Leaders of Conservation: Union Sportsmen’s Alliance CEO Fred Myers


This interview with Union Sportsmen’s Alliance CEO Fred Myers is part of OutdoorHub’s Leaders of Conservation series, in which we sit down with leaders of the North American conservation movement to learn more about the stories behind their organizations and people.

There are an estimated six million active and retired AFL-CIO union members who hunt, fish, or shoot in the United States. That alone would make them the largest constituency of outdoorsmen and outdoorswomen in North America. So it comes as no big surprise that after only six and a half years in operation, the Union Sportsmen’s Alliance (USA) has already recruited 230,000 members.

“The USA’s mission is to unite the union community through conservation. Our goal is preserve North America’s outdoor heritage,” USA CEO Fred Myers told me. “This organization was founded for the purpose of providing millions of union members who hunt, fish, shoot, and spend time in the outdoors with their own outdoor organization.”

Fred founded the group in 2007 after a conversation he had at a banquet hosted by the Congressional Sportsmen’s Association. Though a 25-year veteran of conservation work, Fred did not have much knowledge of unions or their vast reservoir of outdoorsmen. Speaking with another guest who happened to be a union member, Fred was wowed by what an untapped resource unions could be for the conservation community.

“It didn’t take long for me to put together a business plan,” Fred recalled.

At the time, he was serving as a vice president at the Theodore Roosevelt Conservation Partnership (TRCP). The USA began as an union-focused wing of the TRCP, but spun off as its own entity in 2010. By that point, Fred said the organization had evolved into a full-fledged conservation group.

“It’s been a journey,” Fred shared. “In the beginning, it started as a kind of hunting and fishing club for union members. Once we got into it, we quickly saw the potential for the array of skills that our members had and they came to us about how they could best give back.”

Fred at a bridge dedication ceremony made possible by USA volunteers.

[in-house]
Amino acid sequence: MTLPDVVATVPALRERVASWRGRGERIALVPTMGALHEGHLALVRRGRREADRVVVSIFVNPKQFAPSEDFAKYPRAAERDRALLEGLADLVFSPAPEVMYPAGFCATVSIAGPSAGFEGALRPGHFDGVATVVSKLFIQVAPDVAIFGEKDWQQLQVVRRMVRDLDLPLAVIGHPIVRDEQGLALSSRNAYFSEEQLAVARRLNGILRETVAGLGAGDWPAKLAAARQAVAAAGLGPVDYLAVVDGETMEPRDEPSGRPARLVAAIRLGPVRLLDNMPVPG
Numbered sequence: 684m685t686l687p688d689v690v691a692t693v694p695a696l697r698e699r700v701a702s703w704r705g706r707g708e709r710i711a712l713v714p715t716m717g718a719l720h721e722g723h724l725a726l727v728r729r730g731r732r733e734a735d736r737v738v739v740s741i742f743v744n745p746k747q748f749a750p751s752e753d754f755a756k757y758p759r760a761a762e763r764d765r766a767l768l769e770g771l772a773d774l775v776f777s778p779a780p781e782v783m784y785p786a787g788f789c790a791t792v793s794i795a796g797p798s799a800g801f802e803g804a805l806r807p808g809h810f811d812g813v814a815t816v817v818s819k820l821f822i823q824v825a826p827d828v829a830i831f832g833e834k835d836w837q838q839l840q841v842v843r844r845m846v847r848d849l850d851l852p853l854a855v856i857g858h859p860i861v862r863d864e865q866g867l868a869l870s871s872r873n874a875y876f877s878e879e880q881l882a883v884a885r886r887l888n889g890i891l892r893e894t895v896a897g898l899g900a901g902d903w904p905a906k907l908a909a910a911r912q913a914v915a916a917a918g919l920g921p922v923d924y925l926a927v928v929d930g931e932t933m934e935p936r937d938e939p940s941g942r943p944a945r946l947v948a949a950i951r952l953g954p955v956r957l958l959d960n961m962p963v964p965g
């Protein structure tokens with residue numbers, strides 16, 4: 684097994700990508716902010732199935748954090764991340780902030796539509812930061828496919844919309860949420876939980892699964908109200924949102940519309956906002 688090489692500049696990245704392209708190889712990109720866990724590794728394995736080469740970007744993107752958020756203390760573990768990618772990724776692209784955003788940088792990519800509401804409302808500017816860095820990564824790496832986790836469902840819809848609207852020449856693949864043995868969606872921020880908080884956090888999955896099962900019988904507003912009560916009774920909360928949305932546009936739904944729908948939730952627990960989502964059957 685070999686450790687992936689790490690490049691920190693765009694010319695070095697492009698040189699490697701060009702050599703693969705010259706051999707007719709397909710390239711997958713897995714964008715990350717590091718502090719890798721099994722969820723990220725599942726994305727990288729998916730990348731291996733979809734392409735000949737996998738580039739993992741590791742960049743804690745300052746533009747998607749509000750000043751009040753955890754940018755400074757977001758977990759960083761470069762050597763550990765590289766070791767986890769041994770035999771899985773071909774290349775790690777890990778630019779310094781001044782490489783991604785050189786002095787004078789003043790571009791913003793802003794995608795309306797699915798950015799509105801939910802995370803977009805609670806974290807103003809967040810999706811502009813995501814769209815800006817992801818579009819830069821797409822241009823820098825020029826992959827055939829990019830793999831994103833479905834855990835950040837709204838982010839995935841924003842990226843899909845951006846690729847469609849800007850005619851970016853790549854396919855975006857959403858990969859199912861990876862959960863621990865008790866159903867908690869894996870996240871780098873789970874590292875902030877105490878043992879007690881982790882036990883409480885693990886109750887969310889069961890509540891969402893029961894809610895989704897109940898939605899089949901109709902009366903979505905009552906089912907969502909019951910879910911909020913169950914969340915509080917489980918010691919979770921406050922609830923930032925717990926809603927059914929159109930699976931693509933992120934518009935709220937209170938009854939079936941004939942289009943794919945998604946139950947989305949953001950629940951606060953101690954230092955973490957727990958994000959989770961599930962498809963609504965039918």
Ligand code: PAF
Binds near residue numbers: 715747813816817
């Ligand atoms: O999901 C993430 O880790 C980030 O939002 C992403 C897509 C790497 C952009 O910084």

Fred at a bridge dedication ceremony made possible by USA volunteers.

The USA’s membership sports a large number of skilled tradesmen. That factor, combined with the wide distribution of its members, meant that the USA could tackle conservation at a local level —whether that entails planting native flora to halt the decline of wetlands, conducting fishing or hunting mentorship programs, and even construction projects to aid state wildlife agencies. Fred said with a chuckle that the USA is a bit like Habitat for Humanity in this regard.

“Our members volunteer their skills, their money, and their time to conservation projects all over the country. They’re working on projects that will improve access for outdoorsmen, preserve wildlife, and passing on our heritage in outreach programs for the children of all communities,” he said.

As the founder of the USA, Fred still has his hands in all aspects of the organization, although he joked that he has since hired people better suited for those roles than him. The USA may still be a newcomer on the conservation scene, but it has changed greatly since the days when it was just a hunting and fishing club for union members.

“Our members are part of every community in the United States. They’re police officers, firefighters, machinists, and roofers,” Fred said. “They are people that touch our lives every single day.”

He explained that with members and volunteers so widely distributed, initiating hands-on programs is as simple as reaching out to few local unions.

“When we go in and we say we want to go build a bridge, build hog traps for the DNR in Wisconsin, pheasant boxes in New Jersey, or fish tanks in Texas to transport fingerlings, our guys are already there. It’s amazing.”

Youth mentorship programs are an important part of the USA's goals of preserving our  sporting heritage.
Youth mentorship programs are an important part of the USA’s goals of preserving our sporting heritage.

Last November, USA volunteers in Texas finished building blinds for young hunters with mobility challenges. The project was undertaken by members of the Houston-area union community, and it was their enthusiasm that made the project’s completion possible. Fred hopes that the USA’s continued growth will mean more projects like that one in the future. Like many of his contemporaries, Fred agrees that the future of America’s outdoor heritage lies with the next generation, and a key focus of the USA is on outreach and educational programs.

Brotherhood Outdoors is perhaps the USA’s most well-known bid to get young or dormant sportsmen excited about the outdoors. The show, which airs on the Sportsman Channel, follows hosts Daniel Lee Martin and Julie McQueen as they take guests on some of the wildest hunting and fishing trips in North America. Brotherhood Outdoors also showcases the hard work of blue-collar union members, and their dedication to work on and off the job.

It is Fred’s belief that American workers are the nation’s greatest natural resource—and one that can help safeguard the others.

“We truly believe that we’re one of the most unique conservation organizations in America,” Fred finished.

You can get a peek at Brotherhood Outdoors below, or watch full episodes on USA’s YouTube channel.

We would like to thank Fred for taking the time to talk with us. For more profiles of leaders of conservation, please read our recent interview with SCI Foundation President Joe Hosmer.

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